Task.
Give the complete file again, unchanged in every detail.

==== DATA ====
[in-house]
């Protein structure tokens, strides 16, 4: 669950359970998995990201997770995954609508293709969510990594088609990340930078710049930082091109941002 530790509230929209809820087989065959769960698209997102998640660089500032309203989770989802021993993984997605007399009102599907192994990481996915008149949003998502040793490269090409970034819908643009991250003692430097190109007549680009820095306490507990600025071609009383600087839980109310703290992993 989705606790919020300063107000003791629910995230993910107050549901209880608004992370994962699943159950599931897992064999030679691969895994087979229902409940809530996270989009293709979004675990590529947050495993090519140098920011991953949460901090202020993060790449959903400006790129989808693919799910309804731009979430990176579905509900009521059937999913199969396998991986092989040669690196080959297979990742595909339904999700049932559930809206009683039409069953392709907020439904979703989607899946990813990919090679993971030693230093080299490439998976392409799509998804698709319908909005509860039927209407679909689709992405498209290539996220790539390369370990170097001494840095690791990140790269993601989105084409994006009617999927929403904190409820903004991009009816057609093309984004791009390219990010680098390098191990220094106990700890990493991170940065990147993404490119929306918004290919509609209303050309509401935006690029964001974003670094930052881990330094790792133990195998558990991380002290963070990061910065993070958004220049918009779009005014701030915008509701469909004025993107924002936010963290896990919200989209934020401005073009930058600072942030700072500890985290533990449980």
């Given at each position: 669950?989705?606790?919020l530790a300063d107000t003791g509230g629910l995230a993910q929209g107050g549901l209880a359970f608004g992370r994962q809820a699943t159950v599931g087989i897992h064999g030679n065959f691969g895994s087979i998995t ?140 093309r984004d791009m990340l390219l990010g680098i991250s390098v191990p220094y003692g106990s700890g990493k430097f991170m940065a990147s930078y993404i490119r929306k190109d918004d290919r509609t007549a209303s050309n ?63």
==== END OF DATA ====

[in-house]
């Protein structure tokens, strides 16, 4: 669950359970998995990201997770995954609508293709969510990594088609990340930078710049930082091109941002 530790509230929209809820087989065959769960698209997102998640660089500032309203989770989802021993993984997605007399009102599907192994990481996915008149949003998502040793490269090409970034819908643009991250003692430097190109007549680009820095306490507990600025071609009383600087839980109310703290992993 989705606790919020300063107000003791629910995230993910107050549901209880608004992370994962699943159950599931897992064999030679691969895994087979229902409940809530996270989009293709979004675990590529947050495993090519140098920011991953949460901090202020993060790449959903400006790129989808693919799910309804731009979430990176579905509900009521059937999913199969396998991986092989040669690196080959297979990742595909339904999700049932559930809206009683039409069953392709907020439904979703989607899946990813990919090679993971030693230093080299490439998976392409799509998804698709319908909005509860039927209407679909689709992405498209290539996220790539390369370990170097001494840095690791990140790269993601989105084409994006009617999927929403904190409820903004991009009816057609093309984004791009390219990010680098390098191990220094106990700890990493991170940065990147993404490119929306918004290919509609209303050309509401935006690029964001974003670094930052881990330094790792133990195998558990991380002290963070990061910065993070958004220049918009779009005014701030915008509701469909004025993107924002936010963290896990919200989209934020401005073009930058600072942030700072500890985290533990449980």
């Given at each position: 669950?989705?606790?919020l530790a300063d107000t003791g509230g629910l995230a993910q929209g107050g549901l209880a359970f608004g992370r994962q809820a699943t159950v599931g087989i897992h064999g030679n065959f691969g895994s087979i998995t ?140 093309r984004d791009m990340l390219l990010g680098i991250s390098v191990p220094y003692g106990s700890g990493k430097f991170m940065a990147s930078y993404i490119r929306k190109d918004d290919r509609t007549a209303s050309n ?63």